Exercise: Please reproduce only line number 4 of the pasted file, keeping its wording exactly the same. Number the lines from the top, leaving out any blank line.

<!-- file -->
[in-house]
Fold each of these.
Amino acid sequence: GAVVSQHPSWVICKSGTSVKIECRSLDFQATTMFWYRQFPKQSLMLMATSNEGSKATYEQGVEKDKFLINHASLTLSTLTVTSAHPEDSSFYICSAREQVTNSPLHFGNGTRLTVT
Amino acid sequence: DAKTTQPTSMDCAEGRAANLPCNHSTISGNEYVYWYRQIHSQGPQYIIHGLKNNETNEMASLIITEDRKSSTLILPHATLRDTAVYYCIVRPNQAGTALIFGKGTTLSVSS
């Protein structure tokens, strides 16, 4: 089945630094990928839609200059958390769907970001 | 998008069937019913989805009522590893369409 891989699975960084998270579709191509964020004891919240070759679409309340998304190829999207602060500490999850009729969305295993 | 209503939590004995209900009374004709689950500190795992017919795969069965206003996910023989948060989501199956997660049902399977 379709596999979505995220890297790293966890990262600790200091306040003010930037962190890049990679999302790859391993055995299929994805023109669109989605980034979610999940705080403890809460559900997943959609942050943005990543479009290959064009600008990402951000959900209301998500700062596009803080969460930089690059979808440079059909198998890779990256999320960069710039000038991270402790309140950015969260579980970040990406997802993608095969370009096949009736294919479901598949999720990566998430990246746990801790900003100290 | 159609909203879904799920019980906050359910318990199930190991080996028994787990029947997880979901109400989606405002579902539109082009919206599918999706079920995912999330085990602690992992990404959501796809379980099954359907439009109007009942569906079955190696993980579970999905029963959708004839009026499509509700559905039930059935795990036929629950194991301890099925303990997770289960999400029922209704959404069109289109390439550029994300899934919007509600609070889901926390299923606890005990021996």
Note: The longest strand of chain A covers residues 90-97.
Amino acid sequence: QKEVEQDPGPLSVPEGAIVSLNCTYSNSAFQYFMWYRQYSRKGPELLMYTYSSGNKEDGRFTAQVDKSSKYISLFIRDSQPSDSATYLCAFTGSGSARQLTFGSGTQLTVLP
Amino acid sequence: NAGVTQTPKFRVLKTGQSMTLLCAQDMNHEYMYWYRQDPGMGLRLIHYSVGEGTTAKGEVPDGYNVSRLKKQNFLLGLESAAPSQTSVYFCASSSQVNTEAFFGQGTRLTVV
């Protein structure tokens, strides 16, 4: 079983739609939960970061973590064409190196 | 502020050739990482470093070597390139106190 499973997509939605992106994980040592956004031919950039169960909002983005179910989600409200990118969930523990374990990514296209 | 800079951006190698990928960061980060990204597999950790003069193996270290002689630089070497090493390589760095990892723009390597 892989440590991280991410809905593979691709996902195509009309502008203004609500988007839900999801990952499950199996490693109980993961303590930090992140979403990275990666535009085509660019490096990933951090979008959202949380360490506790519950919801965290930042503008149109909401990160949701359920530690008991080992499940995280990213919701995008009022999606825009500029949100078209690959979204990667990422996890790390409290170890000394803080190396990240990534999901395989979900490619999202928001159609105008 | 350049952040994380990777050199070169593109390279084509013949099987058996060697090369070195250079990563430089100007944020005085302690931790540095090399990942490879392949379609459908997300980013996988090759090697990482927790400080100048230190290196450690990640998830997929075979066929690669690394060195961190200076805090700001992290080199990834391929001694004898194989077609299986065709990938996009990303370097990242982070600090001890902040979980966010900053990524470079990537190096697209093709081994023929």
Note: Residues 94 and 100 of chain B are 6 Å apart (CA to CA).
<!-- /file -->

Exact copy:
Amino acid sequence: DAKTTQPTSMDCAEGRAANLPCNHSTISGNEYVYWYRQIHSQGPQYIIHGLKNNETNEMASLIITEDRKSSTLILPHATLRDTAVYYCIVRPNQAGTALIFGKGTTLSVSS